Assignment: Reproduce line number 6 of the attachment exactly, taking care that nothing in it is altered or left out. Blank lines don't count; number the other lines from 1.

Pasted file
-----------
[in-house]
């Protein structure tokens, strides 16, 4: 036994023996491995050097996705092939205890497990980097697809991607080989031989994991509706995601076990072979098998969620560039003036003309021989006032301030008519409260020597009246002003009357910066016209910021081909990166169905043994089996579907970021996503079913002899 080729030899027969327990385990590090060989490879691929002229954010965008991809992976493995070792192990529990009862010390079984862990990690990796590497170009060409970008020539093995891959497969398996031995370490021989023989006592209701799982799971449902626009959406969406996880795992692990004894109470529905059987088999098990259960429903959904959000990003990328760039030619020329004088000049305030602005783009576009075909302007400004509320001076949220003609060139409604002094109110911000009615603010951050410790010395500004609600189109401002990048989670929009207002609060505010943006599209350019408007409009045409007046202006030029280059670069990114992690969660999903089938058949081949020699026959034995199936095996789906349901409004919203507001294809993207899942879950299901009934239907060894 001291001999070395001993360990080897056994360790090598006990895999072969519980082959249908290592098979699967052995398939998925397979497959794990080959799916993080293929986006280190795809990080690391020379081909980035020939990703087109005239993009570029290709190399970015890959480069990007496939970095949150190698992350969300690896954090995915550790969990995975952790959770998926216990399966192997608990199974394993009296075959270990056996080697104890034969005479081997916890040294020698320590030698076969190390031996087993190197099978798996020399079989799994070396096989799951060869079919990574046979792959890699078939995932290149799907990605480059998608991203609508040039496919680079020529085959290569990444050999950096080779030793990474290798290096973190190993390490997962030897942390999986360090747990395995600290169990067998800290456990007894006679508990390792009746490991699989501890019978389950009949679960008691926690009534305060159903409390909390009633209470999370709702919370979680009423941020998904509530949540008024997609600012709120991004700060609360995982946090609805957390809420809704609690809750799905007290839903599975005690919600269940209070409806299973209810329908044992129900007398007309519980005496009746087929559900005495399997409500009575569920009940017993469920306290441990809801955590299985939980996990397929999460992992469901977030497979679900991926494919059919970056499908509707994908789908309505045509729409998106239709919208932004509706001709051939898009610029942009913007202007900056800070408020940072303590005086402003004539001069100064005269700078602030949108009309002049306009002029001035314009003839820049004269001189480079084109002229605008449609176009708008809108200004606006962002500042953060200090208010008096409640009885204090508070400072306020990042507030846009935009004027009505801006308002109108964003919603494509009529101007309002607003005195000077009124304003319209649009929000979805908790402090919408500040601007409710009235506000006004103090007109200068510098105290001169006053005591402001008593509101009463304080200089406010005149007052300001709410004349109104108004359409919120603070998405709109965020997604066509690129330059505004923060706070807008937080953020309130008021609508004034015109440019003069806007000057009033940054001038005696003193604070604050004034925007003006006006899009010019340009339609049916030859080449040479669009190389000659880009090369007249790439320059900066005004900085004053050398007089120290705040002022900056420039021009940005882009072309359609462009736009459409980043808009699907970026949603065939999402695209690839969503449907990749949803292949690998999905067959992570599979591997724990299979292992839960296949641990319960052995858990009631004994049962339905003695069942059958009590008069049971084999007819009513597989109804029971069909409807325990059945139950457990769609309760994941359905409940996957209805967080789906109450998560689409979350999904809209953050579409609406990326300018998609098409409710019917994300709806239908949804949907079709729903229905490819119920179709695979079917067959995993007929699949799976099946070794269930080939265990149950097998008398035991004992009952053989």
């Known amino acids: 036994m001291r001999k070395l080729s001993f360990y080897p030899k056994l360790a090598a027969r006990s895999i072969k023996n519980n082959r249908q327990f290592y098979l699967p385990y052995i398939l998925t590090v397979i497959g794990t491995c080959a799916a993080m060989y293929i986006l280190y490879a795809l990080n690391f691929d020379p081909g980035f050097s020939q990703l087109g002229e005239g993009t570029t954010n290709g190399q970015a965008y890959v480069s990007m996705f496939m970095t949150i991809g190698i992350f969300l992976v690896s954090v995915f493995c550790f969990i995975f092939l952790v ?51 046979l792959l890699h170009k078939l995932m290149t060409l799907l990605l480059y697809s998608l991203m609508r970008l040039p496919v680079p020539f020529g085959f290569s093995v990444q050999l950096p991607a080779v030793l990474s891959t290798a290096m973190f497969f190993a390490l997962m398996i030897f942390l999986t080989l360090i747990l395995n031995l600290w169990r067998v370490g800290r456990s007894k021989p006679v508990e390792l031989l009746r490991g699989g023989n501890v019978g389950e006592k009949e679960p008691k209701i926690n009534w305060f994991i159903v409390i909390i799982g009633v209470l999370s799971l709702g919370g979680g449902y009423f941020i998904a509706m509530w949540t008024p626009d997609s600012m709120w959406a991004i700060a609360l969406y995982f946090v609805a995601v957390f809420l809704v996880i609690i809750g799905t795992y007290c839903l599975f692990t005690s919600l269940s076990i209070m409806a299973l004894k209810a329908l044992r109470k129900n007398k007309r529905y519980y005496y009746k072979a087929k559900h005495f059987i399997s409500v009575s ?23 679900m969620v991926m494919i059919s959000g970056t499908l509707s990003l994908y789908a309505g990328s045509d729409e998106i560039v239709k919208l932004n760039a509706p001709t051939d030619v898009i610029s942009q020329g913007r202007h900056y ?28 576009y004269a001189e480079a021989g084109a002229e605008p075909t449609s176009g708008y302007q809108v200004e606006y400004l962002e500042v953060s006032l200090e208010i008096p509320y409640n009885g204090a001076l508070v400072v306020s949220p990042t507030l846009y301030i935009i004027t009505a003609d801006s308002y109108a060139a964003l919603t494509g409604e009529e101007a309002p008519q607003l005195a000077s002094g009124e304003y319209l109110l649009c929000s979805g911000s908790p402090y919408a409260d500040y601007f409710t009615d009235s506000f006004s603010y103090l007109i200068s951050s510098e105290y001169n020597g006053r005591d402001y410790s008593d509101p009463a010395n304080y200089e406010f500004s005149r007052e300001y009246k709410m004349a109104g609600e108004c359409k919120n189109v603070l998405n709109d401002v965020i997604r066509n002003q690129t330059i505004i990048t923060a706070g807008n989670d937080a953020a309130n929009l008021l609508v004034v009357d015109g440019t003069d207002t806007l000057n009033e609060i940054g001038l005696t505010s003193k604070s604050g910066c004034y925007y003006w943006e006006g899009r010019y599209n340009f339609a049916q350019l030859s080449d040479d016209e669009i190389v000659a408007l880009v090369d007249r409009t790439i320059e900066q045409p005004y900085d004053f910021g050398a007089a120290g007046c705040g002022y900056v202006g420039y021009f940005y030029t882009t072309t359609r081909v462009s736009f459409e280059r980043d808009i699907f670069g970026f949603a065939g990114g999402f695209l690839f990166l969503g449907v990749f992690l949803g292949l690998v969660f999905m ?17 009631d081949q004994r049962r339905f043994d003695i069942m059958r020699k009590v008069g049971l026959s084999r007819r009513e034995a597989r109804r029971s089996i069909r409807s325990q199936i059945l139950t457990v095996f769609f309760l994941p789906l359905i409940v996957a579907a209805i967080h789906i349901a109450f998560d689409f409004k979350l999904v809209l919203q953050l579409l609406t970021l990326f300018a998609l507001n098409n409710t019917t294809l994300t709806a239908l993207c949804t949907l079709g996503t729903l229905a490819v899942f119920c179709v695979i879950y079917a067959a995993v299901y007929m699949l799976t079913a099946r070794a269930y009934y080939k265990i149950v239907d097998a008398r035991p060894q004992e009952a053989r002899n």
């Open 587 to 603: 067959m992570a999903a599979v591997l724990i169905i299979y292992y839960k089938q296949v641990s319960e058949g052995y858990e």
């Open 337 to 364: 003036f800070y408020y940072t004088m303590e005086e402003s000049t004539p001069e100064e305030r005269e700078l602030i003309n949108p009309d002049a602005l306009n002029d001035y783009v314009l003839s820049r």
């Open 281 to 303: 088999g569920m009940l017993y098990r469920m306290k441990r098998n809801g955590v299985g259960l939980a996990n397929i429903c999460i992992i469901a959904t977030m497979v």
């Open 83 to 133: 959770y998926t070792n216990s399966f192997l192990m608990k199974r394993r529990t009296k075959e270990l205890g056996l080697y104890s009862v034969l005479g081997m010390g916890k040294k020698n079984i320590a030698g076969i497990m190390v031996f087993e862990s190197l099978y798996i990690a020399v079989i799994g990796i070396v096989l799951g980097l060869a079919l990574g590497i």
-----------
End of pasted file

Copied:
């Open 281 to 303: 088999g569920m009940l017993y098990r469920m306290k441990r098998n809801g955590v299985g259960l939980a996990n397929i429903c999460i992992i469901a959904t977030m497979v």